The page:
If there was any doubt about Donald Trump being the most unique head of state there is on social media, he ensured it was erased on Sunday. He tweeted a clip from a previous apperance in a wrestling show, except that instead of the head of the contestant he took down, was the symbol of perhaps his least loved channel CNN. “#FraudNewsCNN #FNN,” he tweeted with it, a clear reference to a retracted CNN story about links between a Trump aide and a Russian investment fund. While such memes aren’t uncommon on the internet, it’s perhaps the first time a head of state has used one. Which might explain the confusion over it. Is it an incitement of violence against CNN? His spokespersons have said at multiple media outlets it isn’t. Is it a leader in touch with the humour of his times? Is it yet another sign that the US President will never be any kind of statesman? It’s as much a mystery as what the US President will tweet next.


After refusing to accept any of the 13 conditions laid down by Saudi Arabia and other nations that have enforced a blockade against it, Qatar may be in for more sanctions. UAE diplomats have said Qatar could find itself suspended from the Gulf Co-operation Council (GCC) and sanctions could be imposed by nations like Saudi Arabia against nations trading with Qatar. Qatar refused to accede to any of the demands placed before it, including the shutting of news network Al Jazeera (which some have pointed out, is pretty outrageous). Sheikh Mohammed bin Abdulrahman Al Thani, the head of state of Qatar, speaking in Rome on Saturday reportedly said the list “was meant to be rejected”, pointing to the fact that it arrived with a 10-day expiration date. The deadline has now been extended by 48 hours. Watch this space.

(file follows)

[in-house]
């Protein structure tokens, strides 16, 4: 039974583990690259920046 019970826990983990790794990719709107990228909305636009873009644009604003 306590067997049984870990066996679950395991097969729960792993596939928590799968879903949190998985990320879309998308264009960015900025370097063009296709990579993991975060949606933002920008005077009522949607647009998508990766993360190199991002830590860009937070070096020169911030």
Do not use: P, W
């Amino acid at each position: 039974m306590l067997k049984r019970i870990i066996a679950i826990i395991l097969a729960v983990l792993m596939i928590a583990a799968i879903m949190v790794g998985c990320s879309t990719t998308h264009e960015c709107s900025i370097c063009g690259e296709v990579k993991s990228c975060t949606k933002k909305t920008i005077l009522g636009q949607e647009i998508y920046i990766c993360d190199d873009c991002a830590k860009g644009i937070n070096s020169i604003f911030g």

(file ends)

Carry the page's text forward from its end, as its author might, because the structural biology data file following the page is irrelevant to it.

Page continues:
If you’re Chinese and withdrawing money from some ATMs in gambling hub Macau you now have to stare into a camera at the ATM for a few seconds. This is so that a facial recognition software can check whether you’re involved in one of the money laundering schemes in China, Bloomberg reports. The move is seen as a way to end people going to Macau to exchange their yuan for other currency or being involved in other money laundering schemes when they go gambling in Macau. Sure there are a lot of privacy concerns, but experts feel the Chinese are so used to giving up their personal data to the government now that they see nothing wrong with this new project.


Lesotho in Africa has the second highest prevalence of HIV in the world. It might explain why any campaign to curb the transmission of the virus would be welcomed. One of them is the roping in of some taxi drivers in the capital Maseru to talk to passengers about male circumcision and how it can help prevent the spread of HIV. It’s not easy to engage with passengers but if they do show interest in it, the taxi driver gives them a referral to a clinic for a free consultation and procedure. While male circumcision is best with safe sex practices to prevent the spread of HIV and other sexually transmitted diseases, even a circumcision is the most cost-effective way to prevent the spread of the virus.

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